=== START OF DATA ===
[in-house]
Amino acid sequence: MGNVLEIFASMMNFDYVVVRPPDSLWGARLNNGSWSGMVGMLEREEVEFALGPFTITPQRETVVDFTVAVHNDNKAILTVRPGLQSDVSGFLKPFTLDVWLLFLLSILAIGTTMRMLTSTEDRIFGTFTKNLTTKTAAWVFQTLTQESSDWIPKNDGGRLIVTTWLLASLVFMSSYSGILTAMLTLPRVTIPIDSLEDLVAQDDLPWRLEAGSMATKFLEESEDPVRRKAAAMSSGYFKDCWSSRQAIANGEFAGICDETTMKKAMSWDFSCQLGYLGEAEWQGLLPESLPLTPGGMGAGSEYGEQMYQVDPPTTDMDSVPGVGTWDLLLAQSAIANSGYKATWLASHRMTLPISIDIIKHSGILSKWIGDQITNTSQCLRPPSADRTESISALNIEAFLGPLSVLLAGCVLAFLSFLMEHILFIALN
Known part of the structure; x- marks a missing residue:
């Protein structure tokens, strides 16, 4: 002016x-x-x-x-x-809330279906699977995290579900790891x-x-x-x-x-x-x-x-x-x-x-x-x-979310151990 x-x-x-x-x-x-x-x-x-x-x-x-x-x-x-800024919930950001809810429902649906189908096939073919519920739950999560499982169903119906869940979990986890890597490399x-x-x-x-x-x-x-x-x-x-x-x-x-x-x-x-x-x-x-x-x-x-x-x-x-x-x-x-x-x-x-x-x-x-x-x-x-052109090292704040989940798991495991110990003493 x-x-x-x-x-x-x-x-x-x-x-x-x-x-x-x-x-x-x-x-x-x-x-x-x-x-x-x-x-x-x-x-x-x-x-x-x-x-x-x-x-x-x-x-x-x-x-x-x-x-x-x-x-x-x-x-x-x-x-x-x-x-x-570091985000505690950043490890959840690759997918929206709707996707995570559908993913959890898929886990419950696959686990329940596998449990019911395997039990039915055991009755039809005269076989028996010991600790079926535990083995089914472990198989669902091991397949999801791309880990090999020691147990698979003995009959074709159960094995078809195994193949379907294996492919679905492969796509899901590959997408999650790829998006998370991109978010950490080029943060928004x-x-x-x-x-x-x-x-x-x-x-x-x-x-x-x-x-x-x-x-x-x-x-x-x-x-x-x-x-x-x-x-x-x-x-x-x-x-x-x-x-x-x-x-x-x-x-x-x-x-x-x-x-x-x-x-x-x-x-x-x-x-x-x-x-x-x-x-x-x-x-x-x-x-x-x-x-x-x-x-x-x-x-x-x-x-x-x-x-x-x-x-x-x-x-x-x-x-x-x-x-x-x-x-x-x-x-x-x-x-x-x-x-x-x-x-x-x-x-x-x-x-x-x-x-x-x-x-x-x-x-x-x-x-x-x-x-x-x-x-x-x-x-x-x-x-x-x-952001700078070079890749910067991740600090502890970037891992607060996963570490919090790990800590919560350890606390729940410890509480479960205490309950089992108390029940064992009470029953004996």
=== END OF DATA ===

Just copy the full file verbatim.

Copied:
[in-house]
Amino acid sequence: MGNVLEIFASMMNFDYVVVRPPDSLWGARLNNGSWSGMVGMLEREEVEFALGPFTITPQRETVVDFTVAVHNDNKAILTVRPGLQSDVSGFLKPFTLDVWLLFLLSILAIGTTMRMLTSTEDRIFGTFTKNLTTKTAAWVFQTLTQESSDWIPKNDGGRLIVTTWLLASLVFMSSYSGILTAMLTLPRVTIPIDSLEDLVAQDDLPWRLEAGSMATKFLEESEDPVRRKAAAMSSGYFKDCWSSRQAIANGEFAGICDETTMKKAMSWDFSCQLGYLGEAEWQGLLPESLPLTPGGMGAGSEYGEQMYQVDPPTTDMDSVPGVGTWDLLLAQSAIANSGYKATWLASHRMTLPISIDIIKHSGILSKWIGDQITNTSQCLRPPSADRTESISALNIEAFLGPLSVLLAGCVLAFLSFLMEHILFIALN
Known part of the structure; x- marks a missing residue:
């Protein structure tokens, strides 16, 4: 002016x-x-x-x-x-809330279906699977995290579900790891x-x-x-x-x-x-x-x-x-x-x-x-x-979310151990 x-x-x-x-x-x-x-x-x-x-x-x-x-x-x-800024919930950001809810429902649906189908096939073919519920739950999560499982169903119906869940979990986890890597490399x-x-x-x-x-x-x-x-x-x-x-x-x-x-x-x-x-x-x-x-x-x-x-x-x-x-x-x-x-x-x-x-x-x-x-x-x-052109090292704040989940798991495991110990003493 x-x-x-x-x-x-x-x-x-x-x-x-x-x-x-x-x-x-x-x-x-x-x-x-x-x-x-x-x-x-x-x-x-x-x-x-x-x-x-x-x-x-x-x-x-x-x-x-x-x-x-x-x-x-x-x-x-x-x-x-x-x-x-570091985000505690950043490890959840690759997918929206709707996707995570559908993913959890898929886990419950696959686990329940596998449990019911395997039990039915055991009755039809005269076989028996010991600790079926535990083995089914472990198989669902091991397949999801791309880990090999020691147990698979003995009959074709159960094995078809195994193949379907294996492919679905492969796509899901590959997408999650790829998006998370991109978010950490080029943060928004x-x-x-x-x-x-x-x-x-x-x-x-x-x-x-x-x-x-x-x-x-x-x-x-x-x-x-x-x-x-x-x-x-x-x-x-x-x-x-x-x-x-x-x-x-x-x-x-x-x-x-x-x-x-x-x-x-x-x-x-x-x-x-x-x-x-x-x-x-x-x-x-x-x-x-x-x-x-x-x-x-x-x-x-x-x-x-x-x-x-x-x-x-x-x-x-x-x-x-x-x-x-x-x-x-x-x-x-x-x-x-x-x-x-x-x-x-x-x-x-x-x-x-x-x-x-x-x-x-x-x-x-x-x-x-x-x-x-x-x-x-x-x-x-x-x-x-x-952001700078070079890749910067991740600090502890970037891992607060996963570490919090790990800590919560350890606390729940410890509480479960205490309950089992108390029940064992009470029953004996």